Obama signs act that gives voice back to disabled

A new act, signed by the president, reverses changes made last year to Medicare that limited access to speech devices. But an activist says there's more work to be done, 25 years after the ADA was signed into law.

Sean Gardner/Reuters
Former New Orleans Saints player Steve Gleason, the namesake of the new bill, was an honorary captain as his team took on Houston Texans during their NFL football game in New Orleans, Louisiana September 25, 2011.

President Obama signed the Steve Gleason Act into law Thursday evening, ensuring Medicare and Medicaid include access to speech-generation technologies, New Orleans's WDSU-TV reported.

After a series of sweeping changes at Medicare last year, insurance no longer covered the expensive speech-generating devices used by people unable to speak, according to ESPN.

The act is named after Steve Gleason, the former New Orleans Saints football player who was diagnosed with a serious debilitating illness in 2011.

Gleason was distraught at last year’s developments and called it a “human rights violation” in a Washington Post op-ed.

“We saw it happen far too many times. People who wished to live productively, denied access to the one tool that could liberate them. People in hospice, who had their SGDs seized, so their last words to their loved ones were mere silence,” he wrote on the website of his foundation, Team Gleason.

The former football player's foundation spearheaded the act, but Gleason maintains it was a team effort.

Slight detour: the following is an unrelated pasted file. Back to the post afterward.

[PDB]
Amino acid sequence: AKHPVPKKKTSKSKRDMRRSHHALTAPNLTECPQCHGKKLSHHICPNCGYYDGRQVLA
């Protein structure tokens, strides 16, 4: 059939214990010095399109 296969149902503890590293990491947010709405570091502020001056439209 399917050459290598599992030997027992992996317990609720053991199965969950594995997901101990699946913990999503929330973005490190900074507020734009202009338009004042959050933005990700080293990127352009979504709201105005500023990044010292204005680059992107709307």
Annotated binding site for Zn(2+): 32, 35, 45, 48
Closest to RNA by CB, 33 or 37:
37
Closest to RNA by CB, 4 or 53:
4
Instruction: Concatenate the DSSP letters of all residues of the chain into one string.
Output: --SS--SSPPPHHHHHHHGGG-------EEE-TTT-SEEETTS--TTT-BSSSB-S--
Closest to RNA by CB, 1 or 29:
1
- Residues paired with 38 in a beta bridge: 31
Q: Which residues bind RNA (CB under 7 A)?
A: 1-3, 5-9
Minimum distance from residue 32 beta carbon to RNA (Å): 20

He was elated when the act passed the US House earlier this month and according to ESPN, said, “People, like myself, who are literally voiceless, were heard. Loud and clear […] This legislation may have my name on it, but please know it is the ALS community and the diligent legislators who deserve our applause.”

ESPN noted the technology covered under insurance will now include speech-generating devices like the one Gleason uses to type through eye movements.

“Last year, Gleason requested Microsoft create a way for him to drive his power chair with his eyes. The company unveiled the technology this week, according to a Team Gleason representative. While it’s not available yet, Gleason called the new technology liberating.”

In the meanwhile, the new law will affect patients across the nation.

The new legislation will “ensure that eye-tracking and ‘gaze interaction accessories’ are covered under Medicare for ALS patients with demonstrated medical needs,” WDSU reported.

Politicians also applauded the president’s decision to sign the law.

Senator David Vitter announced on his Facebook Page: “NO WHITE FLAGS! The Steve Gleason Act is official, the law of the land. The President signed my bill this evening. Congrats to Steve and Team Gleason for your tireless, inspirational efforts to get this across the goal line."

This development closely follows the 25th anniversary of the Americans with Disabilities Act (ADA), celebrated on July 26.

Kaaryn Gustafson, a law professor at the University of California, Irvine, acknowledged the ADA made a “dramatic difference” but felt there was still a need for progress.

Although the act provided legal rights, Gustafson noted they could only be exercised “in isolation by filing individual claims with the Office of Civil Rights or by filing suits in federal court.” 

“I use a wheelchair. In the last year I’ve checked into several recently renovated hotel rooms described as accessible online only to find that the rooms were not entirely wheelchair accessible – and sometimes unsafe,” Gustafson wrote. “And while the A.D.A. has for 25 years made it a civil rights violation for taxi drivers to refuse service to persons with disabilities, last month I had three drivers do just that.”

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